Control of Directed Cell Migration In Vivo by Membrane-to-Cortex Attachment
- Diz-Munoz, A., Krieg, M., Bergert, M., Ibarlucea-Benitez, I., Muller, D.J., Paluch, E., and Heisenberg, C.P.
- PLoS Biology 8(11): e1000544 (Journal)
- Registered Authors
- Heisenberg, Carl-Philipp
- Cell membranes, Stem cells, Embryos, Cell migration, Membrane proteins, Zebrafish, Actins, Directed cell migration
- MeSH Terms
- Cell Membrane/metabolism*
- Cell Movement/physiology*
- Microscopy, Atomic Force
- Microscopy, Confocal
- Stem Cells/cytology
- 21151339 Full text @ PLoS Biol.
Diz-Munoz, A., Krieg, M., Bergert, M., Ibarlucea-Benitez, I., Muller, D.J., Paluch, E., and Heisenberg, C.P. (2010) Control of Directed Cell Migration In Vivo by Membrane-to-Cortex Attachment. PLoS Biology. 8(11):e1000544.
Cell shape and motility are primarily controlled by cellular mechanics. The attachment of the plasma membrane to the underlying actomyosin cortex has been proposed to be important for cellular processes involving membrane deformation. However, little is known about the actual function of membrane-to-cortex attachment (MCA) in cell protrusion formation and migration, in particular in the context of the developing embryo. Here, we use a multidisciplinary approach to study MCA in zebrafish mesoderm and endoderm (mesendoderm) germ layer progenitor cells, which migrate using a combination of different protrusion types, namely, lamellipodia, filopodia, and blebs, during zebrafish gastrulation. By interfering with the activity of molecules linking the cortex to the membrane and measuring resulting changes in MCA by atomic force microscopy, we show that reducing MCA in mesendoderm progenitors increases the proportion of cellular blebs and reduces the directionality of cell migration. We propose that MCA is a key parameter controlling the relative proportions of different cell protrusion types in mesendoderm progenitors, and thus is key in controlling directed migration during gastrulation.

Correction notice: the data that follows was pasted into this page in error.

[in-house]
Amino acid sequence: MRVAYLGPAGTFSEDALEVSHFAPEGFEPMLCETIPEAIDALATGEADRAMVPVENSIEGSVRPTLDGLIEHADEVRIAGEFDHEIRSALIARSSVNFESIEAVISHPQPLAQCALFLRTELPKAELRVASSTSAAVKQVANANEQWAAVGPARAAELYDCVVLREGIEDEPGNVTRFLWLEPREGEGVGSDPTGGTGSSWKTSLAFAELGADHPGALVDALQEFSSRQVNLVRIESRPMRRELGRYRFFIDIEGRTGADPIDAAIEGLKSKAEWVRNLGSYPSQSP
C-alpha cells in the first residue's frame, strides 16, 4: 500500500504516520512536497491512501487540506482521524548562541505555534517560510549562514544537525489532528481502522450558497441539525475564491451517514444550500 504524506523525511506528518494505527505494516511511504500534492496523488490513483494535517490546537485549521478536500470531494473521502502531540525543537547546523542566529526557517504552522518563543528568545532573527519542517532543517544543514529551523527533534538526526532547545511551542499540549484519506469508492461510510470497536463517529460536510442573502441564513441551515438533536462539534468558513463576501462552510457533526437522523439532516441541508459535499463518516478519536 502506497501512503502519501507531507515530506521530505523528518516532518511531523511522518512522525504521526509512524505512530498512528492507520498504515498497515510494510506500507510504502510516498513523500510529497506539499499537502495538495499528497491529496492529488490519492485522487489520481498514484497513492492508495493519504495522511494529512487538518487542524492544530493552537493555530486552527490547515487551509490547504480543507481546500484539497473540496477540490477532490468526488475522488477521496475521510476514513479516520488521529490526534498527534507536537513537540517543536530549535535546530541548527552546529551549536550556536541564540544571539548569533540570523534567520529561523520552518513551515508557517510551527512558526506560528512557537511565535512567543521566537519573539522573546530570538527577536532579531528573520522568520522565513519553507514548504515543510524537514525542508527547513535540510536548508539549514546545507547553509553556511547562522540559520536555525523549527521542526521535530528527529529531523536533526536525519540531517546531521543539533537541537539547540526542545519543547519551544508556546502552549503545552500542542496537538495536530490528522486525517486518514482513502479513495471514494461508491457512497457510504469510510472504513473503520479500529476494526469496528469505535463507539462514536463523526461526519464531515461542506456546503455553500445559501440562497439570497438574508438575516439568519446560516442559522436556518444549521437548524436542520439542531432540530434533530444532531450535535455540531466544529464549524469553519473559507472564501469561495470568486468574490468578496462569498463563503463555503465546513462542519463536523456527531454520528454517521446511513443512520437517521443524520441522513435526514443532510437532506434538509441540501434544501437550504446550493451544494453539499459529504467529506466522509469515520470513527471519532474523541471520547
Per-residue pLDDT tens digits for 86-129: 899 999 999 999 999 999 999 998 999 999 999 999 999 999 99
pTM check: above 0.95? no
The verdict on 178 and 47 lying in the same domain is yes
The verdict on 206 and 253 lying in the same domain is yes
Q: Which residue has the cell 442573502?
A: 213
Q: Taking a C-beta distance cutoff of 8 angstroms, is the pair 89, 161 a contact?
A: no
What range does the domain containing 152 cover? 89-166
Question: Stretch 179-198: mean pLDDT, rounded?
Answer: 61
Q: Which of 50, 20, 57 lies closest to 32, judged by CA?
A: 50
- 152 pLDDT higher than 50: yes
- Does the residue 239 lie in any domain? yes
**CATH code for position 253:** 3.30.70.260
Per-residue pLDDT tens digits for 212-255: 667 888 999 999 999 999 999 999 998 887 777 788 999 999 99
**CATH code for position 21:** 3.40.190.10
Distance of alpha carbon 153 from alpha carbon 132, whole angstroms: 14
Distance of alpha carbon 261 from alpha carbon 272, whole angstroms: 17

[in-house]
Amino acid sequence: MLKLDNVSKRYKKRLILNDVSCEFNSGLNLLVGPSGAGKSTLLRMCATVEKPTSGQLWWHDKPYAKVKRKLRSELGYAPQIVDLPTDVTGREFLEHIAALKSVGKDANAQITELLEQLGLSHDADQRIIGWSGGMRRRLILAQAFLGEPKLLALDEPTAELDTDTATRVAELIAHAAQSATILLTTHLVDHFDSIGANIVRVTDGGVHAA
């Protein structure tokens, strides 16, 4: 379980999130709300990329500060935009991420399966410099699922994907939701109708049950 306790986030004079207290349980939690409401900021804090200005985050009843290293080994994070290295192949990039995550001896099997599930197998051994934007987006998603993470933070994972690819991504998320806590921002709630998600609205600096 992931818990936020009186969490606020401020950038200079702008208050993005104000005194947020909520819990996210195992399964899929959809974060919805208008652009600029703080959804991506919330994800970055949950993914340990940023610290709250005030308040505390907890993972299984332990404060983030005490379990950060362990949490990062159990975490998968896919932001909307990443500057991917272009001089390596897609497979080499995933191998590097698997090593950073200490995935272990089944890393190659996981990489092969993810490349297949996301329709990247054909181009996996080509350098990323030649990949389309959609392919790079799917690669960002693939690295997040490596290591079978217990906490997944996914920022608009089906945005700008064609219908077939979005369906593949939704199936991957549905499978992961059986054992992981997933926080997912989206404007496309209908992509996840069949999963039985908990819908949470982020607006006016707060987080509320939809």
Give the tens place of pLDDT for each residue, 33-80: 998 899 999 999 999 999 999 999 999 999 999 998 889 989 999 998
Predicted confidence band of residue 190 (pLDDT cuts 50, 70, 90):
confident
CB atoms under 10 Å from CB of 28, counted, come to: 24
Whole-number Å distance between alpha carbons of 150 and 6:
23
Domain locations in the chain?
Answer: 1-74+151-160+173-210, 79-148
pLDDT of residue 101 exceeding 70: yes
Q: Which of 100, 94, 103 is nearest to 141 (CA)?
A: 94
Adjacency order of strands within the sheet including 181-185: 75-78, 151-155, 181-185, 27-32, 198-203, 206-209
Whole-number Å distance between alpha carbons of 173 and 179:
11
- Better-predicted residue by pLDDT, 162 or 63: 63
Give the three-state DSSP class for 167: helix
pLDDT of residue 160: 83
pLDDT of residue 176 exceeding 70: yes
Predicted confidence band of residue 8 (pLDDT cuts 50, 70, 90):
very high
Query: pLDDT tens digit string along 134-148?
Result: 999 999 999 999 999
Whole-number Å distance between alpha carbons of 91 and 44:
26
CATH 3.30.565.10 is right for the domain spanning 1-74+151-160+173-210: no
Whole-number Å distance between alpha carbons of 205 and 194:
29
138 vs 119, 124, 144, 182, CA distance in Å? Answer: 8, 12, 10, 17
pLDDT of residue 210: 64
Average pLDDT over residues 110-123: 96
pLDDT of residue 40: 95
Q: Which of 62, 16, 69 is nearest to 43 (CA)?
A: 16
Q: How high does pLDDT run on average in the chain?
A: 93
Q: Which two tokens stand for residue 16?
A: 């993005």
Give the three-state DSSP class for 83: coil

Genes / Markers
Mutations / Transgenics
Human Disease / Model
Sequence Targeting Reagents
Engineered Foreign Genes